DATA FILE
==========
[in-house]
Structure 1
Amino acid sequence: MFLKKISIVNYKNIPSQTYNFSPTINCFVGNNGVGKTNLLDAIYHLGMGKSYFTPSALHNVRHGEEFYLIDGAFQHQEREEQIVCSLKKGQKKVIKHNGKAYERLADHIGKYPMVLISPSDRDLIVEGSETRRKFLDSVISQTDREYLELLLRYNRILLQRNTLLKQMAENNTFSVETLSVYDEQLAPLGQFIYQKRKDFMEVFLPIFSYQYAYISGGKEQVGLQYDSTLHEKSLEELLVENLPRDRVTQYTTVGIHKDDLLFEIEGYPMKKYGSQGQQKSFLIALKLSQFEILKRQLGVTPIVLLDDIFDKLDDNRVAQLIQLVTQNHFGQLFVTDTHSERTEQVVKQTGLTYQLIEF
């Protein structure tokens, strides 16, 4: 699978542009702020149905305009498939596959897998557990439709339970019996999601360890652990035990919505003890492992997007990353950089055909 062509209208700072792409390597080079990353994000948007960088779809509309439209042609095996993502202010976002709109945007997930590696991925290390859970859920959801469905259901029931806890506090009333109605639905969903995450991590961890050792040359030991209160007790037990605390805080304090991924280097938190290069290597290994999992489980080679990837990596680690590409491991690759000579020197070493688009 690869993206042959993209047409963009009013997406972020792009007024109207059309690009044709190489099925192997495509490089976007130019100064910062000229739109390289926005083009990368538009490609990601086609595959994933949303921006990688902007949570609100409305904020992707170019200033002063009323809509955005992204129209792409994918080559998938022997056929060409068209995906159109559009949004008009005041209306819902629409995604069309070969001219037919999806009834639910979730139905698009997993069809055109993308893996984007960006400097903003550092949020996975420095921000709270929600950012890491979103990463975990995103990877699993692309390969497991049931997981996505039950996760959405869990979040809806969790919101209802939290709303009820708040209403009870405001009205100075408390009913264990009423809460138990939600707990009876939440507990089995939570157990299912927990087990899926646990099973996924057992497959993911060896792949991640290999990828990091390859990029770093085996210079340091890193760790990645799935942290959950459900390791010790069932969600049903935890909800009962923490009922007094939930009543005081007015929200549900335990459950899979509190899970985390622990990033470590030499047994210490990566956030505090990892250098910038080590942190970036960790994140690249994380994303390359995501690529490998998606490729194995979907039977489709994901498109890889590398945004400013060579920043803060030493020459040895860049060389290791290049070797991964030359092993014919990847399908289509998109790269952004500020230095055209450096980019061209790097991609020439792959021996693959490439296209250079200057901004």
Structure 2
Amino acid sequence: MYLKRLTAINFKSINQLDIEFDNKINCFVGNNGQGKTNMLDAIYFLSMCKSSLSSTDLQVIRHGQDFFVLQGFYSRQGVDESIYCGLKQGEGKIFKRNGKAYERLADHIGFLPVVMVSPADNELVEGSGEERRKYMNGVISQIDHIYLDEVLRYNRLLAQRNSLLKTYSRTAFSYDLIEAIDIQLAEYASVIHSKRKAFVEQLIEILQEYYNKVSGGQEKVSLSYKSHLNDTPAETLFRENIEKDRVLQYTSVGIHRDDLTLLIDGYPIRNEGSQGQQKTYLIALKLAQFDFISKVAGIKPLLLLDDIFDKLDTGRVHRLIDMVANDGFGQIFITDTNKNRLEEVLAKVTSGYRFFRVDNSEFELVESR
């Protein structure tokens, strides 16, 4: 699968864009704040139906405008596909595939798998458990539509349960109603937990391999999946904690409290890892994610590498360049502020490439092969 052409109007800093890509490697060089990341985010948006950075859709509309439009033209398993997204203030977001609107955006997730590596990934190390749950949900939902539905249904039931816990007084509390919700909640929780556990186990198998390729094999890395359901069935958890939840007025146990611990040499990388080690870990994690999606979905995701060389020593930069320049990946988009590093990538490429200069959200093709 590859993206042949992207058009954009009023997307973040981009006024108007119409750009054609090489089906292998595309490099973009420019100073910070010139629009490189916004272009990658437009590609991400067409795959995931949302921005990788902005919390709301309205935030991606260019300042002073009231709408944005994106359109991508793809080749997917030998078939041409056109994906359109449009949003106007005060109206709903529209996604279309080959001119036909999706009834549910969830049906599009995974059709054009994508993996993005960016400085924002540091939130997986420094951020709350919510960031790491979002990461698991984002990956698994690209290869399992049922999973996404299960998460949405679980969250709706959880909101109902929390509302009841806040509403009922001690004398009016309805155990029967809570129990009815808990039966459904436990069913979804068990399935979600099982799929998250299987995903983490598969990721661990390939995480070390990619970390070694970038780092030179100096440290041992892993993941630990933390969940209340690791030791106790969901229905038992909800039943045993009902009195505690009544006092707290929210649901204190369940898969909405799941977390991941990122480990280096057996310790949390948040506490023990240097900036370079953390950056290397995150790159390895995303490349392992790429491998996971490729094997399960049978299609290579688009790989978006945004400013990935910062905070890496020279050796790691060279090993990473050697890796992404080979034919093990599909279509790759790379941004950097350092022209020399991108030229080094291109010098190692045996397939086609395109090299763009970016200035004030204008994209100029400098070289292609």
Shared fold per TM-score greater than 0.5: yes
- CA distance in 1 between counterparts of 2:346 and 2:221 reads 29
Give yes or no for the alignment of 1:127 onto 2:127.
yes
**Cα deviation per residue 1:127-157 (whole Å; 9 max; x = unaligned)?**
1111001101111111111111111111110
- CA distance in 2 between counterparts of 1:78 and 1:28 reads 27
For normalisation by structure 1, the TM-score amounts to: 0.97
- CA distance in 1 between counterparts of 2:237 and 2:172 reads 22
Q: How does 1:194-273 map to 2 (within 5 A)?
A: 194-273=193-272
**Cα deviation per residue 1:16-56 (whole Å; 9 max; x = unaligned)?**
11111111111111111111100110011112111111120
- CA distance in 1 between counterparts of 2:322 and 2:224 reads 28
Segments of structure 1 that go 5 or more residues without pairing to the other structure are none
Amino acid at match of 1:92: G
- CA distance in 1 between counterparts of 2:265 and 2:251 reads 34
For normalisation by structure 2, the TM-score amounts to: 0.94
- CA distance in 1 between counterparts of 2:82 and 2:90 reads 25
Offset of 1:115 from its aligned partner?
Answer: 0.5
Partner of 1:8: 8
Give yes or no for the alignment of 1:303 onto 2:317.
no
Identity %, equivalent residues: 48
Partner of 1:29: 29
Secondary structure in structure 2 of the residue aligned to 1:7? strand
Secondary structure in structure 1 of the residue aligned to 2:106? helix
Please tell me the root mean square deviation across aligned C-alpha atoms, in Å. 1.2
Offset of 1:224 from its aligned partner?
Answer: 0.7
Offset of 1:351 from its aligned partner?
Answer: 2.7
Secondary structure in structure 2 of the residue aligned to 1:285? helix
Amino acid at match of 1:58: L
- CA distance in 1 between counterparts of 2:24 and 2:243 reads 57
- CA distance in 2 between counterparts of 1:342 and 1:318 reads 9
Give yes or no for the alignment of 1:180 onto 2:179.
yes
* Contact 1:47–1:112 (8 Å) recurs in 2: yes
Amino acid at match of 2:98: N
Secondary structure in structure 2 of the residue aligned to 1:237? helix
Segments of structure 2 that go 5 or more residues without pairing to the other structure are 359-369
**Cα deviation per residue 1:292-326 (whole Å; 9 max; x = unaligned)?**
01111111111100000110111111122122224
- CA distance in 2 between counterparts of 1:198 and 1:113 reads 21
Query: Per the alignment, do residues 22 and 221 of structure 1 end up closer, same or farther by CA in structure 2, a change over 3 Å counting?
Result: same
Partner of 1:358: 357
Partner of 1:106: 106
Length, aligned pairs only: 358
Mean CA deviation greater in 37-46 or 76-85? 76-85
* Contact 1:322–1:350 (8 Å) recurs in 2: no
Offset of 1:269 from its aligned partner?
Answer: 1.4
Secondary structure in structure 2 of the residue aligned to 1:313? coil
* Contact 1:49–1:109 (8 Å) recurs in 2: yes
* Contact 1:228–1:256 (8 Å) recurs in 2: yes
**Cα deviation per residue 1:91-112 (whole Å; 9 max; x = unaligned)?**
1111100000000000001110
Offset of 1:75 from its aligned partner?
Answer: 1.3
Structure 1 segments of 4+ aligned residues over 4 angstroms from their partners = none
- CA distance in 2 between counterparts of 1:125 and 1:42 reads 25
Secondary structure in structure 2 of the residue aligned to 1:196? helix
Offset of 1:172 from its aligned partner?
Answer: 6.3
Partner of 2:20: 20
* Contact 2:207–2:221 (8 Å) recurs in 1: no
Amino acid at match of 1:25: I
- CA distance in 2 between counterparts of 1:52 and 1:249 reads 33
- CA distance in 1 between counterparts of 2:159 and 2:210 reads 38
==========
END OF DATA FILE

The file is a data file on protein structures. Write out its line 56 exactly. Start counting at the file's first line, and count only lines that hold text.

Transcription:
Partner of 1:358: 357